During the Battle of Loos in 1915, German machine gunners stopped firing out of sheer disgust for the amount of casualties they were inflicting on the British
The Battle of Loos was fought September 25-October 14, 1915, during World War I. Seeking to end trench warfare and resume a war of movement, British and French forces planned joint offensives in Artois and Champagne for late 1915.
Forming into ten assault columns, the 21st and 24th surprised the Germans when they began advancing without artillery cover on the afternoon of the 26th.
Largely unaffected by the earlier fighting and bombardments, the German second line opened with a murderous mix of machine gun and rifle fire. Cut down in droves, the two new divisions lost over 50% of their strength in a matter of minutes. German machine gunners reported being “nauseated” from the sight of so many corpses and ceased firing so that the British could retreat with their wounded.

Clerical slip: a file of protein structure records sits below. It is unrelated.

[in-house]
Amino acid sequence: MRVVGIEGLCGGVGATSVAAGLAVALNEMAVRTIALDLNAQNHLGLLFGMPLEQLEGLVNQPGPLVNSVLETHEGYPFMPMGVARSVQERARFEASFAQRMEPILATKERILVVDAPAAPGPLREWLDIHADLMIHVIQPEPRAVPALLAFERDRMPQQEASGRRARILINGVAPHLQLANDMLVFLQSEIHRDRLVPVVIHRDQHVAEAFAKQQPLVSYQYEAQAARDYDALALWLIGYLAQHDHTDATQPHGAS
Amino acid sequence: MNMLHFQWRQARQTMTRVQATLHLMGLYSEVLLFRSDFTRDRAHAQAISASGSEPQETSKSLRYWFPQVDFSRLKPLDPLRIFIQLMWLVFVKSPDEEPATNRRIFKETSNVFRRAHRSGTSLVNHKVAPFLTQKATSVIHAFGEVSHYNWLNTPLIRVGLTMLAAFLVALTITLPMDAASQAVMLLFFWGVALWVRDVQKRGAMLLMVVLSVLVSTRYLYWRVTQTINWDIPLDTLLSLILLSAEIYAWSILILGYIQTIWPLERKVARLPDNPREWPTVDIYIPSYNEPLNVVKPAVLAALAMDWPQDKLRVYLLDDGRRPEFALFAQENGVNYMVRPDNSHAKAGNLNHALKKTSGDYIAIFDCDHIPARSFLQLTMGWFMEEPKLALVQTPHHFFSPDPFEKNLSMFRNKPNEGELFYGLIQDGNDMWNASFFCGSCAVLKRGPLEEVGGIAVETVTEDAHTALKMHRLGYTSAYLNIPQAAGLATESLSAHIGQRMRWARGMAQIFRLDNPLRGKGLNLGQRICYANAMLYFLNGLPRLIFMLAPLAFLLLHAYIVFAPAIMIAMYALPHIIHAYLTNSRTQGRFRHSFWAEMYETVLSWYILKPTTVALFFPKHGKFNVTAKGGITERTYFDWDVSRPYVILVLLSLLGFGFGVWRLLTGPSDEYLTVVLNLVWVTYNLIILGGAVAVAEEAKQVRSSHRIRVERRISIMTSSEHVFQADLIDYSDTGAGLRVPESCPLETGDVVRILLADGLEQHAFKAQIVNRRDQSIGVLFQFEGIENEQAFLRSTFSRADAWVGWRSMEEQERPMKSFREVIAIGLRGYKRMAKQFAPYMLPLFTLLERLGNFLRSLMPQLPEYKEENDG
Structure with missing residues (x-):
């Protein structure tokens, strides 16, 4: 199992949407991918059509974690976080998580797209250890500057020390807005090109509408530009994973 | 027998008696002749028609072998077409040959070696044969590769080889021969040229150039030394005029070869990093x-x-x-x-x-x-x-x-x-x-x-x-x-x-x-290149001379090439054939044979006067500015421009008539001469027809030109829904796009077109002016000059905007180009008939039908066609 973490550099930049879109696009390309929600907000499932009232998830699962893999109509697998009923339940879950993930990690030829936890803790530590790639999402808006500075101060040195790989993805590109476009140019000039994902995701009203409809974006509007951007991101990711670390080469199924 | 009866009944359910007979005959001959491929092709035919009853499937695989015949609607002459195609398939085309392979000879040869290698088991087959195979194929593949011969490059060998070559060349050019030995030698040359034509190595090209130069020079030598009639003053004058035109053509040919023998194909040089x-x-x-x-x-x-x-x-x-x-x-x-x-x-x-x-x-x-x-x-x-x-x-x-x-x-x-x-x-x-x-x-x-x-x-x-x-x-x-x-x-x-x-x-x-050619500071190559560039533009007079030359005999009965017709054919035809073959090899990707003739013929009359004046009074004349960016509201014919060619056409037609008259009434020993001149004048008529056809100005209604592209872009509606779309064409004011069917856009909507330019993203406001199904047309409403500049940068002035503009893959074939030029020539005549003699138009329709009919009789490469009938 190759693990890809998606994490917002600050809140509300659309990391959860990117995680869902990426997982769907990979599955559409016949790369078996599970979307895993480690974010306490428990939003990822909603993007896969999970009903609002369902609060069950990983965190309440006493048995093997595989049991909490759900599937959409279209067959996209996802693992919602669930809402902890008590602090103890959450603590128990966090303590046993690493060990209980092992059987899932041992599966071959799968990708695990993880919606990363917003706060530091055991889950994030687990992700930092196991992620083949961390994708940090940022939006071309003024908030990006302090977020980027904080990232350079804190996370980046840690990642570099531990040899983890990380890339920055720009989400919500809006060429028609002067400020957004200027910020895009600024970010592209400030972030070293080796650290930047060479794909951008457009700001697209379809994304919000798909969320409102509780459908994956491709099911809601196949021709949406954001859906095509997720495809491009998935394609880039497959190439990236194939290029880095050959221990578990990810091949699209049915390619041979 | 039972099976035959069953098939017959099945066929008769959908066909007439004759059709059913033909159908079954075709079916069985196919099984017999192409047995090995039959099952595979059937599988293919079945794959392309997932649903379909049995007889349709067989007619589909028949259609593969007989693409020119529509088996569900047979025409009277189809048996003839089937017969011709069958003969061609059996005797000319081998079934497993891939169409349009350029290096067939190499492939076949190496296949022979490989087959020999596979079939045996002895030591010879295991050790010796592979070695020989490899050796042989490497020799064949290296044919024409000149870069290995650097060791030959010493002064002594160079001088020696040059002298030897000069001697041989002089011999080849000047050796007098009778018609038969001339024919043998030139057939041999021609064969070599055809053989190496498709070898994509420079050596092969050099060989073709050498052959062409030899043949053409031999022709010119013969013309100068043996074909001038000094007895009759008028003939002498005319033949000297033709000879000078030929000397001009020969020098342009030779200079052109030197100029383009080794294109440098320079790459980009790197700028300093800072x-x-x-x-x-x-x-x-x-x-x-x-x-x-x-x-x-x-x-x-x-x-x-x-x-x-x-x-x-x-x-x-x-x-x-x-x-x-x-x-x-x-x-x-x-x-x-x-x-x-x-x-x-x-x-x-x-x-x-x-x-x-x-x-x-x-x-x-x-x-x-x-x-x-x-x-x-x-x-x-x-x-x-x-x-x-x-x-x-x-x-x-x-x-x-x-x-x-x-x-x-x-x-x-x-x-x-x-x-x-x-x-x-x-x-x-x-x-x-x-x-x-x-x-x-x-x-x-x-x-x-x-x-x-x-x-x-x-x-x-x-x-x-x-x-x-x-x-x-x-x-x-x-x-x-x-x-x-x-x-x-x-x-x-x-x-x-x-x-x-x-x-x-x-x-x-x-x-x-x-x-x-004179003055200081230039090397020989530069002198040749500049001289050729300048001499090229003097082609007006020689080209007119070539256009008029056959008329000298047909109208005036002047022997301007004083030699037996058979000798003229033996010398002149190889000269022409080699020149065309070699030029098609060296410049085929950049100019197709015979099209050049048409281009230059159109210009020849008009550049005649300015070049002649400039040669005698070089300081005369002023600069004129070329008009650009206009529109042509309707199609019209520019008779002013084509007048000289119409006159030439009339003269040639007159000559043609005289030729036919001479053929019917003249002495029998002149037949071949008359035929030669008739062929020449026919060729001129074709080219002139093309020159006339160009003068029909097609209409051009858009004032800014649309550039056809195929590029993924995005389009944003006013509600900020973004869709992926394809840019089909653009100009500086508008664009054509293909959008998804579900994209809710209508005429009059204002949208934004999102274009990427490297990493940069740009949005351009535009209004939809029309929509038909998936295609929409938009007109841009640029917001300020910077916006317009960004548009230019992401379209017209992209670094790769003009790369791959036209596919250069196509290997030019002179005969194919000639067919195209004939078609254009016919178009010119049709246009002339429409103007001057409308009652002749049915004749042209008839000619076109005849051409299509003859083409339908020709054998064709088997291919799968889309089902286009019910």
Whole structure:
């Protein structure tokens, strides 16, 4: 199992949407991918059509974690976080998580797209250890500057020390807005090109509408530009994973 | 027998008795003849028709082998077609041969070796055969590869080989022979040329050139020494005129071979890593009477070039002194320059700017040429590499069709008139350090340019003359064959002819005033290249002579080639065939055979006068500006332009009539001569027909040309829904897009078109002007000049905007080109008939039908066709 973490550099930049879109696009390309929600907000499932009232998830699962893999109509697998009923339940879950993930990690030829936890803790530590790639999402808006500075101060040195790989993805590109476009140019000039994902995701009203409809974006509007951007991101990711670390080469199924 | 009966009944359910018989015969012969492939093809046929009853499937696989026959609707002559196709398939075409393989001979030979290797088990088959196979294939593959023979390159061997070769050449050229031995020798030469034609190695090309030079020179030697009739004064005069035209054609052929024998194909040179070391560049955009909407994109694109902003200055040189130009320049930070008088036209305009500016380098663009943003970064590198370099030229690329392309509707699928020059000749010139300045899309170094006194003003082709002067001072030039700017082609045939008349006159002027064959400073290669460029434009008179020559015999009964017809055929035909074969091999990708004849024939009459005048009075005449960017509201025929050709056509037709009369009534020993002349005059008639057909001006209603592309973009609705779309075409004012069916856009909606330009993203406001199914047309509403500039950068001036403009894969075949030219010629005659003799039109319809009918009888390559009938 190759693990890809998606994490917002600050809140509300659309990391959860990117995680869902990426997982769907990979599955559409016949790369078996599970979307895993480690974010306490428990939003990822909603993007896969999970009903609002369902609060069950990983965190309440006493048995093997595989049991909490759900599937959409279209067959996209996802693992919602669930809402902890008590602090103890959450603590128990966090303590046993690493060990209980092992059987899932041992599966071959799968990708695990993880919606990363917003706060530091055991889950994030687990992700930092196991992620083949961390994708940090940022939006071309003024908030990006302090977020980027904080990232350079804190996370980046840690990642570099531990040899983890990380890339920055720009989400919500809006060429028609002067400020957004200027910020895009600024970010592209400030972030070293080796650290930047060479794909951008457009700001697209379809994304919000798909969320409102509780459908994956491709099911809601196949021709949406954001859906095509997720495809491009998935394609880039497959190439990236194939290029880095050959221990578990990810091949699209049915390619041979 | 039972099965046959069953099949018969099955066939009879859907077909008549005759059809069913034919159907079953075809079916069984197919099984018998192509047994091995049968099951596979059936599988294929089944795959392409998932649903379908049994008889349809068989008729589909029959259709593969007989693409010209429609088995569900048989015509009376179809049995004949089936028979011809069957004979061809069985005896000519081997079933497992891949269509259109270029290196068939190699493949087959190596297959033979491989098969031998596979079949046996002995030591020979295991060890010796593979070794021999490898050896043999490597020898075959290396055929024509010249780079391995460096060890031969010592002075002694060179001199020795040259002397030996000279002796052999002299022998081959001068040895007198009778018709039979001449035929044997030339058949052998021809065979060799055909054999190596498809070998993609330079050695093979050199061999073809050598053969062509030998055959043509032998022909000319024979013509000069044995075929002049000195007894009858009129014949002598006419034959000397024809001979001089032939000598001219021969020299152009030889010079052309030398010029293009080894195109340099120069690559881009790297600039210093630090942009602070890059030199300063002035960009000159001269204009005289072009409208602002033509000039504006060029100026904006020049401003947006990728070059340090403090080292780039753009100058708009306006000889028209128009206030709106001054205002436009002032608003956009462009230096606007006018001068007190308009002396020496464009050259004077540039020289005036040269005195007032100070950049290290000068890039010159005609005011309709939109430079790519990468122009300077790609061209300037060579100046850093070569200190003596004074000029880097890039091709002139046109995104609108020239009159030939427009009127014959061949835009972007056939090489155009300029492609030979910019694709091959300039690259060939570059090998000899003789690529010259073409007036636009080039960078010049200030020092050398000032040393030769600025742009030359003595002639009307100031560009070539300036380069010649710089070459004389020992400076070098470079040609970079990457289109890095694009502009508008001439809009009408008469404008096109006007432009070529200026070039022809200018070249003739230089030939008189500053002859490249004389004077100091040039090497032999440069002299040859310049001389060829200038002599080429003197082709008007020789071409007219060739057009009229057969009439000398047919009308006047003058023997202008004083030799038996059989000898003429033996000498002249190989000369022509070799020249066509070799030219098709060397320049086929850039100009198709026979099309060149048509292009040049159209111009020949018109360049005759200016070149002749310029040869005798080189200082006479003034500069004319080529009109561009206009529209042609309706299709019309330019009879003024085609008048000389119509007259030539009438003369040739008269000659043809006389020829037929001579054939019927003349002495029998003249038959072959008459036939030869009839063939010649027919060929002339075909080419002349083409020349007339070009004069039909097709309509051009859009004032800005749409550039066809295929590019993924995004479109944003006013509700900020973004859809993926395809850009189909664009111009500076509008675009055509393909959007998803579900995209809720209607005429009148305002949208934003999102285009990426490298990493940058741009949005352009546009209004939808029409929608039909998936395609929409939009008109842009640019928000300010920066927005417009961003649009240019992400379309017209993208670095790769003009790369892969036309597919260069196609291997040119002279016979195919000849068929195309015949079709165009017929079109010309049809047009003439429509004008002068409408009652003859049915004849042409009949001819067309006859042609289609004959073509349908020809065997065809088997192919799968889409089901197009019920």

The Battle of Loos saw the British make minor gains in exchange for around 50,000 casualties. German losses are estimated at around 25,000. Though some ground had been gained, the fighting at Loos proved a failure as the British were unable to break through the German lines.